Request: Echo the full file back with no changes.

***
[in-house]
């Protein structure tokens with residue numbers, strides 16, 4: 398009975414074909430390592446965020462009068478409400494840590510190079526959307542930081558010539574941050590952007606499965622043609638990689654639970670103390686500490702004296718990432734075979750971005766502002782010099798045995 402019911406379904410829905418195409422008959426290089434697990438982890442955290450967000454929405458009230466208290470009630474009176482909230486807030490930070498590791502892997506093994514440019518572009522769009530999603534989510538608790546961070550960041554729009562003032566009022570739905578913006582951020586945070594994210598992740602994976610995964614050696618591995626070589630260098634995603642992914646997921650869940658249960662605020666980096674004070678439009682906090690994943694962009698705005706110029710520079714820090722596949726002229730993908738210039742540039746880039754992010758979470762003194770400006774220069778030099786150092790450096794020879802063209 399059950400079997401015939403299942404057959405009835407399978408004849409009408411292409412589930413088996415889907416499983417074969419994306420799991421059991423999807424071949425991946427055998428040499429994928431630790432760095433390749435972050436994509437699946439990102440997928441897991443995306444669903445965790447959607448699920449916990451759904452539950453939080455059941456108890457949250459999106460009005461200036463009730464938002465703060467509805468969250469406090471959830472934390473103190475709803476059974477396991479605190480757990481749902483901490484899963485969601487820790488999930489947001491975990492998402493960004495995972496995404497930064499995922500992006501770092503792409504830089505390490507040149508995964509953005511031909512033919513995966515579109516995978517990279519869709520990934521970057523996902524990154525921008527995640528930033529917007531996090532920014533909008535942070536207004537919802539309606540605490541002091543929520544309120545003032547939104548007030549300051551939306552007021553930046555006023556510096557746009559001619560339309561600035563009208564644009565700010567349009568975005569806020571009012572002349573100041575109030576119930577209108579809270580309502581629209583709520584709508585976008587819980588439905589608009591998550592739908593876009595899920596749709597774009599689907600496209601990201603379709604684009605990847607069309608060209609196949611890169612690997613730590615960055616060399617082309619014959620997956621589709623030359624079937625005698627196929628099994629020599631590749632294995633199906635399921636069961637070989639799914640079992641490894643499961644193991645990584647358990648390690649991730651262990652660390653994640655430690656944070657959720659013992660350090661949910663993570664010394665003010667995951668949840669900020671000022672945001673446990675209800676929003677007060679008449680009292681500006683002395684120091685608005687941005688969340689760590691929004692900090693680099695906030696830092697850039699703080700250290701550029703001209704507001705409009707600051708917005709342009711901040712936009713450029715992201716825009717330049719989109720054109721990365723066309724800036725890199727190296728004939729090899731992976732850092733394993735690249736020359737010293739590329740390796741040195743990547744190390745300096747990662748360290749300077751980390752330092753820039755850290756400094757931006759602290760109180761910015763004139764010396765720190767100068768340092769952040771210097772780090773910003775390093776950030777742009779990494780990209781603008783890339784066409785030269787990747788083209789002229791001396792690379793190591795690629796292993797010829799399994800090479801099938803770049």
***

[in-house]
């Protein structure tokens with residue numbers, strides 16, 4: 398009975414074909430390592446965020462009068478409400494840590510190079526959307542930081558010539574941050590952007606499965622043609638990689654639970670103390686500490702004296718990432734075979750971005766502002782010099798045995 402019911406379904410829905418195409422008959426290089434697990438982890442955290450967000454929405458009230466208290470009630474009176482909230486807030490930070498590791502892997506093994514440019518572009522769009530999603534989510538608790546961070550960041554729009562003032566009022570739905578913006582951020586945070594994210598992740602994976610995964614050696618591995626070589630260098634995603642992914646997921650869940658249960662605020666980096674004070678439009682906090690994943694962009698705005706110029710520079714820090722596949726002229730993908738210039742540039746880039754992010758979470762003194770400006774220069778030099786150092790450096794020879802063209 399059950400079997401015939403299942404057959405009835407399978408004849409009408411292409412589930413088996415889907416499983417074969419994306420799991421059991423999807424071949425991946427055998428040499429994928431630790432760095433390749435972050436994509437699946439990102440997928441897991443995306444669903445965790447959607448699920449916990451759904452539950453939080455059941456108890457949250459999106460009005461200036463009730464938002465703060467509805468969250469406090471959830472934390473103190475709803476059974477396991479605190480757990481749902483901490484899963485969601487820790488999930489947001491975990492998402493960004495995972496995404497930064499995922500992006501770092503792409504830089505390490507040149508995964509953005511031909512033919513995966515579109516995978517990279519869709520990934521970057523996902524990154525921008527995640528930033529917007531996090532920014533909008535942070536207004537919802539309606540605490541002091543929520544309120545003032547939104548007030549300051551939306552007021553930046555006023556510096557746009559001619560339309561600035563009208564644009565700010567349009568975005569806020571009012572002349573100041575109030576119930577209108579809270580309502581629209583709520584709508585976008587819980588439905589608009591998550592739908593876009595899920596749709597774009599689907600496209601990201603379709604684009605990847607069309608060209609196949611890169612690997613730590615960055616060399617082309619014959620997956621589709623030359624079937625005698627196929628099994629020599631590749632294995633199906635399921636069961637070989639799914640079992641490894643499961644193991645990584647358990648390690649991730651262990652660390653994640655430690656944070657959720659013992660350090661949910663993570664010394665003010667995951668949840669900020671000022672945001673446990675209800676929003677007060679008449680009292681500006683002395684120091685608005687941005688969340689760590691929004692900090693680099695906030696830092697850039699703080700250290701550029703001209704507001705409009707600051708917005709342009711901040712936009713450029715992201716825009717330049719989109720054109721990365723066309724800036725890199727190296728004939729090899731992976732850092733394993735690249736020359737010293739590329740390796741040195743990547744190390745300096747990662748360290749300077751980390752330092753820039755850290756400094757931006759602290760109180761910015763004139764010396765720190767100068768340092769952040771210097772780090773910003775390093776950030777742009779990494780990209781603008783890339784066409785030269787990747788083209789002229791001396792690379793190591795690629796292993797010829799399994800090479801099938803770049």